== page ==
Pan fried chicken cutlets
The easiest way to cook chicken cutlets is to pan-fry them. Pan fried chicken cutlets take 3-4 minutes each side and can be seasoned and cooked in just a little oil or butter, cooked right in with a sauce. They make a great one pan dinner like with this creamy Tuscan chicken and this creamy peppercorn chicken.
How to fry chicken cutlets
You can also shallow-fry or deep fry chicken cutlets. Shallow frying is using enough oil to come about half way up the side of the chicken cutlets while deep frying is totally immersing the cutlets into hot oil. When shallow frying crumbed chicken, it’s best to use a non-stick pan – large frying pan or large skillet.
Frying is a great way to cook breaded chicken cutlets so you get super crunchy golden-brown schnitzels like these saltimbocca schnitzels and my Italian breaded chicken cutlets which are both shallow fried. Deep frying will also give a great result and take less time to cook but will soak up more oil.
Oven baked chicken cutlets
Baking chicken cutlets is another simple method and another one that’s great for breaded cutlets. You’ll get the crunchiest results from placing your breaded cutlets on a wire rack over a baking sheet first. Bake them at 200C/400F for 14-18 minutes. You can also bake chicken cutlets in a sauce like this baked salsa chicken.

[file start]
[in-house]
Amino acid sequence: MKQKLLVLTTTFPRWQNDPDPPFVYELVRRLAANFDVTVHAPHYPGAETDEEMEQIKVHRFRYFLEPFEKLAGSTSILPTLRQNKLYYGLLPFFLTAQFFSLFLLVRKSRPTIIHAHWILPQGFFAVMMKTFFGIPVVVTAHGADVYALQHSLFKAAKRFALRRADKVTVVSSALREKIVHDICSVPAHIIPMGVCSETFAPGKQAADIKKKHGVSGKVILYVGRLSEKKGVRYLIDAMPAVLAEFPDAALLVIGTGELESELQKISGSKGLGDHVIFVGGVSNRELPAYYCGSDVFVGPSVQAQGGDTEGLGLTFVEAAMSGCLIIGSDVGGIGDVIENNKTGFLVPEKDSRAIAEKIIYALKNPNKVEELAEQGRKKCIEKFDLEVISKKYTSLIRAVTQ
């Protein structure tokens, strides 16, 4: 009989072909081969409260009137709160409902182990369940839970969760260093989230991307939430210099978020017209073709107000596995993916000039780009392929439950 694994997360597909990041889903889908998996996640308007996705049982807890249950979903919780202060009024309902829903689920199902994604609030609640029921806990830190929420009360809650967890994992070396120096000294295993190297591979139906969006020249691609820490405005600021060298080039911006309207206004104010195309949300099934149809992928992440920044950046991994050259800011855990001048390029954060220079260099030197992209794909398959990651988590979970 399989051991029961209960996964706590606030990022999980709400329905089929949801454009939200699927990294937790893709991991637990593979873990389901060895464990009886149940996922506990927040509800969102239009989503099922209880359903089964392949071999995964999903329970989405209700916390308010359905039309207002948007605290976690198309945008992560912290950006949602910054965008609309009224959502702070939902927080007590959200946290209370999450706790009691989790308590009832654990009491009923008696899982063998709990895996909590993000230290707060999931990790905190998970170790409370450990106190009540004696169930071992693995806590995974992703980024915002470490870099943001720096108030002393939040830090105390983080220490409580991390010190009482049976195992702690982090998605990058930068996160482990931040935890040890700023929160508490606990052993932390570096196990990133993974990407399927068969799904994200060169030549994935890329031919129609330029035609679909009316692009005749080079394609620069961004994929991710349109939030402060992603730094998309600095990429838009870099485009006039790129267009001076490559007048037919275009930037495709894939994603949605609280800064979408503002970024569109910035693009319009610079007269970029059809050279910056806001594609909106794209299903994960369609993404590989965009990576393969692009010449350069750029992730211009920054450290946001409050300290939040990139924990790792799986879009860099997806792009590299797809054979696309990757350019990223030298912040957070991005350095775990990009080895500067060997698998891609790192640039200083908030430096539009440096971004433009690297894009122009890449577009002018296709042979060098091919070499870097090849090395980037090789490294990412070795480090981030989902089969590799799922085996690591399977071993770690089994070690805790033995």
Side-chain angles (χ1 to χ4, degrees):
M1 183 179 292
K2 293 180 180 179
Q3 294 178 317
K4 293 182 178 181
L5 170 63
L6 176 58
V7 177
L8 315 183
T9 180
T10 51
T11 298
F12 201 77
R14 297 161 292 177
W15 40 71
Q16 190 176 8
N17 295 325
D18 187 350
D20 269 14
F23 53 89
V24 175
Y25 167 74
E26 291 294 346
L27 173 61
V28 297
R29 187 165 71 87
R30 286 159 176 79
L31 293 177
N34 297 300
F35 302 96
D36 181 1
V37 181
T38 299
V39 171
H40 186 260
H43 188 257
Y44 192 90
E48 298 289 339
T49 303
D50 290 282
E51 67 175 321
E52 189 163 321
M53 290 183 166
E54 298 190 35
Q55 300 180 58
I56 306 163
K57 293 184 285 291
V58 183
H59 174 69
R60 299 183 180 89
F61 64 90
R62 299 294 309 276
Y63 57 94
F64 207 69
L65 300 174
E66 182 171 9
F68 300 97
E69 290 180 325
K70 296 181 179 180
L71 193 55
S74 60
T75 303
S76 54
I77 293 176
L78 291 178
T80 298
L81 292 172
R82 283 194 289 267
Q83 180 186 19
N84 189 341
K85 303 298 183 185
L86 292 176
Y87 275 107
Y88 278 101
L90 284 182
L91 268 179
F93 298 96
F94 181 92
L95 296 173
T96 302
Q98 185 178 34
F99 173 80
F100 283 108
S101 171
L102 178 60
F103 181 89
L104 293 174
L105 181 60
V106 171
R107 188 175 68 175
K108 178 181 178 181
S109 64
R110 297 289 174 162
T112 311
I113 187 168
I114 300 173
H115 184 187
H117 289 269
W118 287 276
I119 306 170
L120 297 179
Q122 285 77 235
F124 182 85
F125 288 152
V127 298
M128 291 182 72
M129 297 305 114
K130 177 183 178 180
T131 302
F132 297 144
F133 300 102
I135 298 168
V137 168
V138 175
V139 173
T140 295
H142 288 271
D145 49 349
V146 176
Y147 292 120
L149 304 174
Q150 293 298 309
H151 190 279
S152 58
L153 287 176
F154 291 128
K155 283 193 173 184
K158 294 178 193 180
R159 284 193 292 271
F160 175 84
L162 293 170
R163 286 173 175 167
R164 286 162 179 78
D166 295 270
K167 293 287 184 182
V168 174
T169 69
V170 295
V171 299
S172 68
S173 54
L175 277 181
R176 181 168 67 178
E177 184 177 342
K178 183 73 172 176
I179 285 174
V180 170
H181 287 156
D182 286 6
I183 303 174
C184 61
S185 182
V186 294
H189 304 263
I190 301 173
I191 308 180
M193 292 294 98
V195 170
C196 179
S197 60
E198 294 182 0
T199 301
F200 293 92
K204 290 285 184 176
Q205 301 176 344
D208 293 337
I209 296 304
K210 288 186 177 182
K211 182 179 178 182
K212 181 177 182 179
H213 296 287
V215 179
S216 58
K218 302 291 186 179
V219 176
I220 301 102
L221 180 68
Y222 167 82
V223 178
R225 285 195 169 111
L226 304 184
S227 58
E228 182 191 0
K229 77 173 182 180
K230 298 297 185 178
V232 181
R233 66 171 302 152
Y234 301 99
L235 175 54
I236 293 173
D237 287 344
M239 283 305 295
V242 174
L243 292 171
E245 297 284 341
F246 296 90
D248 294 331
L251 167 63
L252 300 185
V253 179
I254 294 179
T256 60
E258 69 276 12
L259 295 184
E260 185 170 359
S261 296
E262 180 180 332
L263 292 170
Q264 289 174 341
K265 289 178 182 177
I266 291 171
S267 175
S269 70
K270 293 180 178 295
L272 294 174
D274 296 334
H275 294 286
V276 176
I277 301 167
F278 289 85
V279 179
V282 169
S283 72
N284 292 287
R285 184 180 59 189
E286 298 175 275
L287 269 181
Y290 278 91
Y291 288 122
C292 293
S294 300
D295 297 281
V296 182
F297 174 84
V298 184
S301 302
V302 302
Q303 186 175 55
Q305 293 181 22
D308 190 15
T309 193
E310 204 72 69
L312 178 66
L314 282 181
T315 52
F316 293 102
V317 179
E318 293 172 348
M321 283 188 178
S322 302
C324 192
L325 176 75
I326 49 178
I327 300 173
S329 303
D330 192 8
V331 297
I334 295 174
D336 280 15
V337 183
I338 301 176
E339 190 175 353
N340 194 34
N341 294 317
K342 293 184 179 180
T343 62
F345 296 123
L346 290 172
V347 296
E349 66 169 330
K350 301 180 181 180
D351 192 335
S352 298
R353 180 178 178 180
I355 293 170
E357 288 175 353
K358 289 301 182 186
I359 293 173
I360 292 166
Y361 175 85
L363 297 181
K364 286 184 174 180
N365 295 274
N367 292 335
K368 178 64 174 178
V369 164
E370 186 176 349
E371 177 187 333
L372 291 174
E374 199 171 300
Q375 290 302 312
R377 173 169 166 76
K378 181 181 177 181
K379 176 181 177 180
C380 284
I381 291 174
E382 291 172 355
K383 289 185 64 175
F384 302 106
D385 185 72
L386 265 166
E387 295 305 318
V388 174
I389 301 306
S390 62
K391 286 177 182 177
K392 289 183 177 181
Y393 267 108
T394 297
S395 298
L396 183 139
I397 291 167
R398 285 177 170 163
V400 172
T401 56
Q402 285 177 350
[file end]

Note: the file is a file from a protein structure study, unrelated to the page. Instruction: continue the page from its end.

Grilling chicken cutlets
Much like pan fried chicken cutlets, grilling is very quick and easy. Add a simple seasoning and cook over an oiled grill for 3-4 minutes each side. Like any of the cooking methods, how long to grill chicken cutlets will depend on their thickness.
Air fried chicken cutlets
Air frying chicken cutlets is especially good when you have breaded cutlets as it gets the coating nice and crispy. Make sure to add a little oil to the crumb mixture first and brush some oil onto the air fryer basket before adding the chicken. Air fry them for 12-15 minutes at 200C/400F, flipping them over at the halfway point.
Broiled chicken cutlets
Broiling chicken cutlets or chicken breasts (some may know this as overhead grilling) is a really underutilised method. It will give the meat a lovely caramelised outside much like you get with panfrying but without the added oil.
Keep an eye on them closely so any seasonings don’t burn and don’t cook it too long or it can dry out. This method works, similar to pan-frying, for about 3-4 minutes on each side and is great for cutlets that aren’t crumbed.
How to reheat chicken cutlets